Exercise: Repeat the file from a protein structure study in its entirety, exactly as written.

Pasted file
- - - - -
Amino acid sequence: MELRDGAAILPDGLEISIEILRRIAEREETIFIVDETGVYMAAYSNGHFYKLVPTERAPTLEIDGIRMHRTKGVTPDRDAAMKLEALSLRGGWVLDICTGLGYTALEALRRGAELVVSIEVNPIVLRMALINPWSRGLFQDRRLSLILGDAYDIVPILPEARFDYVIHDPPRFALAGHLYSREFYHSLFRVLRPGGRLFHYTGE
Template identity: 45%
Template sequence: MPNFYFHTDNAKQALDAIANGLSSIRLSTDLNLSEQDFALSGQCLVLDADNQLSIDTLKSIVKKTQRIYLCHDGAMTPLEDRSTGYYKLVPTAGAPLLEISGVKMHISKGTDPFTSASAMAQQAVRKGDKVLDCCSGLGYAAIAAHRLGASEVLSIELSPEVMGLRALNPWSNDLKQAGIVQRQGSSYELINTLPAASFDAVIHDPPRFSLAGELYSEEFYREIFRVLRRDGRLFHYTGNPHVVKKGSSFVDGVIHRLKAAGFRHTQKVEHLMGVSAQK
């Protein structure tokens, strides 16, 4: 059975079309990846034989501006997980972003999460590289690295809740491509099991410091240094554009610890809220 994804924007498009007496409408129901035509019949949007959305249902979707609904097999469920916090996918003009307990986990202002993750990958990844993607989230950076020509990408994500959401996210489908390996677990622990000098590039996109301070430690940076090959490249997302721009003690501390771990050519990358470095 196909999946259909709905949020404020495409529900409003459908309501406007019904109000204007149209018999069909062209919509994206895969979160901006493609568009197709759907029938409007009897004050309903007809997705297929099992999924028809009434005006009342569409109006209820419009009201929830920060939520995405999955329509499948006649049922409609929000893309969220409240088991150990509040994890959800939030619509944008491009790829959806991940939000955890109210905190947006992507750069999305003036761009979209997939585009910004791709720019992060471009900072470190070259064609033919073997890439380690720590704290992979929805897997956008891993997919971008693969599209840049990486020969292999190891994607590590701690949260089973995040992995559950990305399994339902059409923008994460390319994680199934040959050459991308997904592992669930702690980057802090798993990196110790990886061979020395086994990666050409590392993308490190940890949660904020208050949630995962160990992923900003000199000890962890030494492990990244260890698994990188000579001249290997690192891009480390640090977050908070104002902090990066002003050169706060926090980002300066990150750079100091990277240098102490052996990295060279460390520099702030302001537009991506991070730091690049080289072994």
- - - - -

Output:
Amino acid sequence: MELRDGAAILPDGLEISIEILRRIAEREETIFIVDETGVYMAAYSNGHFYKLVPTERAPTLEIDGIRMHRTKGVTPDRDAAMKLEALSLRGGWVLDICTGLGYTALEALRRGAELVVSIEVNPIVLRMALINPWSRGLFQDRRLSLILGDAYDIVPILPEARFDYVIHDPPRFALAGHLYSREFYHSLFRVLRPGGRLFHYTGE
Template identity: 45%
Template sequence: MPNFYFHTDNAKQALDAIANGLSSIRLSTDLNLSEQDFALSGQCLVLDADNQLSIDTLKSIVKKTQRIYLCHDGAMTPLEDRSTGYYKLVPTAGAPLLEISGVKMHISKGTDPFTSASAMAQQAVRKGDKVLDCCSGLGYAAIAAHRLGASEVLSIELSPEVMGLRALNPWSNDLKQAGIVQRQGSSYELINTLPAASFDAVIHDPPRFSLAGELYSEEFYREIFRVLRRDGRLFHYTGNPHVVKKGSSFVDGVIHRLKAAGFRHTQKVEHLMGVSAQK
């Protein structure tokens, strides 16, 4: 059975079309990846034989501006997980972003999460590289690295809740491509099991410091240094554009610890809220 994804924007498009007496409408129901035509019949949007959305249902979707609904097999469920916090996918003009307990986990202002993750990958990844993607989230950076020509990408994500959401996210489908390996677990622990000098590039996109301070430690940076090959490249997302721009003690501390771990050519990358470095 196909999946259909709905949020404020495409529900409003459908309501406007019904109000204007149209018999069909062209919509994206895969979160901006493609568009197709759907029938409007009897004050309903007809997705297929099992999924028809009434005006009342569409109006209820419009009201929830920060939520995405999955329509499948006649049922409609929000893309969220409240088991150990509040994890959800939030619509944008491009790829959806991940939000955890109210905190947006992507750069999305003036761009979209997939585009910004791709720019992060471009900072470190070259064609033919073997890439380690720590704290992979929805897997956008891993997919971008693969599209840049990486020969292999190891994607590590701690949260089973995040992995559950990305399994339902059409923008994460390319994680199934040959050459991308997904592992669930702690980057802090798993990196110790990886061979020395086994990666050409590392993308490190940890949660904020208050949630995962160990992923900003000199000890962890030494492990990244260890698994990188000579001249290997690192891009480390640090977050908070104002902090990066002003050169706060926090980002300066990150750079100091990277240098102490052996990295060279460390520099702030302001537009991506991070730091690049080289072994």